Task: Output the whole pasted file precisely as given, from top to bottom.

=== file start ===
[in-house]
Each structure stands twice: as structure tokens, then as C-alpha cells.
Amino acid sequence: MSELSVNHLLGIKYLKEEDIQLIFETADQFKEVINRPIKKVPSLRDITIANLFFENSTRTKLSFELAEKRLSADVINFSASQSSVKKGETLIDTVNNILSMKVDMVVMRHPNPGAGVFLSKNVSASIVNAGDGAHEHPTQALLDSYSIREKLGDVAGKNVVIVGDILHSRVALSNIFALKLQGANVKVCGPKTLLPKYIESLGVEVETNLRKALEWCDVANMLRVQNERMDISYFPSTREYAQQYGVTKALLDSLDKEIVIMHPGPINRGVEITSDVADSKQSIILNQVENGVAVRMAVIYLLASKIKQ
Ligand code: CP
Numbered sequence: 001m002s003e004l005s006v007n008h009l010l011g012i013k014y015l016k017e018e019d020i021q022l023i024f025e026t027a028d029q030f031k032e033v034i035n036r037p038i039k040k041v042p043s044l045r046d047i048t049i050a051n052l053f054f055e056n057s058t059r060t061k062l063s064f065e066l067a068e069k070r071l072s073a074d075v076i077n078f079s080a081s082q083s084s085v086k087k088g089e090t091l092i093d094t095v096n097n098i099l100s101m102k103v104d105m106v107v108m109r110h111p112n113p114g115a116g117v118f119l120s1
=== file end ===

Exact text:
[in-house]
Each structure stands twice: as structure tokens, then as C-alpha cells.
Amino acid sequence: MSELSVNHLLGIKYLKEEDIQLIFETADQFKEVINRPIKKVPSLRDITIANLFFENSTRTKLSFELAEKRLSADVINFSASQSSVKKGETLIDTVNNILSMKVDMVVMRHPNPGAGVFLSKNVSASIVNAGDGAHEHPTQALLDSYSIREKLGDVAGKNVVIVGDILHSRVALSNIFALKLQGANVKVCGPKTLLPKYIESLGVEVETNLRKALEWCDVANMLRVQNERMDISYFPSTREYAQQYGVTKALLDSLDKEIVIMHPGPINRGVEITSDVADSKQSIILNQVENGVAVRMAVIYLLASKIKQ
Ligand code: CP
Numbered sequence: 001m002s003e004l005s006v007n008h009l010l011g012i013k014y015l016k017e018e019d020i021q022l023i024f025e026t027a028d029q030f031k032e033v034i035n036r037p038i039k040k041v042p043s044l045r046d047i048t049i050a051n052l053f054f055e056n057s058t059r060t061k062l063s064f065e066l067a068e069k070r071l072s073a074d075v076i077n078f079s080a081s082q083s084s085v086k087k088g089e090t091l092i093d094t095v096n097n098i099l100s101m102k103v104d105m106v107v108m109r110h111p112n113p114g115a116g117v118f119l120s1